The International Journal of Critical Pedagogy

Critical Pedagogies of Place: Some Considerations for Early Childhood Care and Education in a Superdiverse ‘Bicultural’ Aotearoa (New Zealand)

Angel Chan, Jenny Ritchie


National education policy must respond to demographic changes.  In Aotearoa (New Zealand), recent immigration policy changes have resulted in the new challenge of superdiversity, which is overlaid in a bicultural context of the longstanding impacts of the colonisation of the Indigenous Māori.  The lack of equity in this ‘bicultural’ arrangement remains to be fully resolved due to the dominance of the settler culture. The early childhood care and education sector requires of its teachers a deep cultural understandings of and engagement with all those children and families present in the education settings. This article provides a discussion of the dilemma of superdiversity faced by a ‘bicultural’ education policy environment. It then describes the results of a study that utilised a process of documentary analysis to critically examine the macro- and micro-level policy statements and reports with regard to bicultural and cultural diversity matters in early childhood care and education settings in Aotearoa (New Zealand).   The implications of the findings point to challenges faced by teachers when translating policy commitments into pedagogical enactment. The findings suggest that it is important for teachers to not only engage deeply with the Indigenous Māori language, culture, and local histories of connectedness with place, but that this engagement should also be made available to immigrant children and families.  Teachers can engage with immigrant families’ important stories and histories of connectedness to the special places of their homelands.  The paper concludes with discussion of recommendations regarding the need for both pre-service and in-service education for teachers in relation to these important issues of equity, social justice, culture, diversity and place-connectedness.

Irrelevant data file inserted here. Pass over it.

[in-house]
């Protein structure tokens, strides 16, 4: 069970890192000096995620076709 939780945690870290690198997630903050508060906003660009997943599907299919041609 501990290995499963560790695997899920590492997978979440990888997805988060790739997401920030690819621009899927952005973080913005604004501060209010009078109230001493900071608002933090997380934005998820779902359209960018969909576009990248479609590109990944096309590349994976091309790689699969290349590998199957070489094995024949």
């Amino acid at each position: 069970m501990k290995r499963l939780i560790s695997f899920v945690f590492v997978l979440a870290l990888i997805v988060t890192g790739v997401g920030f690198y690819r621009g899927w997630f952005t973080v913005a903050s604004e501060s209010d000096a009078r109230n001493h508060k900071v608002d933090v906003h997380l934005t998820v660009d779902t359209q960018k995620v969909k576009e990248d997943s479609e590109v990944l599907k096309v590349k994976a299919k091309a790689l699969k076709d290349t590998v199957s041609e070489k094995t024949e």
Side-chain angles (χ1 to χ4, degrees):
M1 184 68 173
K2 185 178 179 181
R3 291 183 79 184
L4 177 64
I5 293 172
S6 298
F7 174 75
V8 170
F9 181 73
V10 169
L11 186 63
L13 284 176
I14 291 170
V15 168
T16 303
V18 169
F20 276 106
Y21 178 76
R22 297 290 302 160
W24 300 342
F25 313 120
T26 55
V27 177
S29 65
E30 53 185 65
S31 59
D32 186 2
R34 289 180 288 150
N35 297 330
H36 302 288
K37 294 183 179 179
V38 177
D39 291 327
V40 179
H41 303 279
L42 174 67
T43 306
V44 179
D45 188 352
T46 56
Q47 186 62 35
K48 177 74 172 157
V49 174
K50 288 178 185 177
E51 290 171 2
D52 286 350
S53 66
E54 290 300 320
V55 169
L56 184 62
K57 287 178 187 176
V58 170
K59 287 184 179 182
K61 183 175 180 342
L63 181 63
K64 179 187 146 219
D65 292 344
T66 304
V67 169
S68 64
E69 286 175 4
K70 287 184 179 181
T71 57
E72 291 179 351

superdiversity; early childhood care and education; critical pedagogies of place

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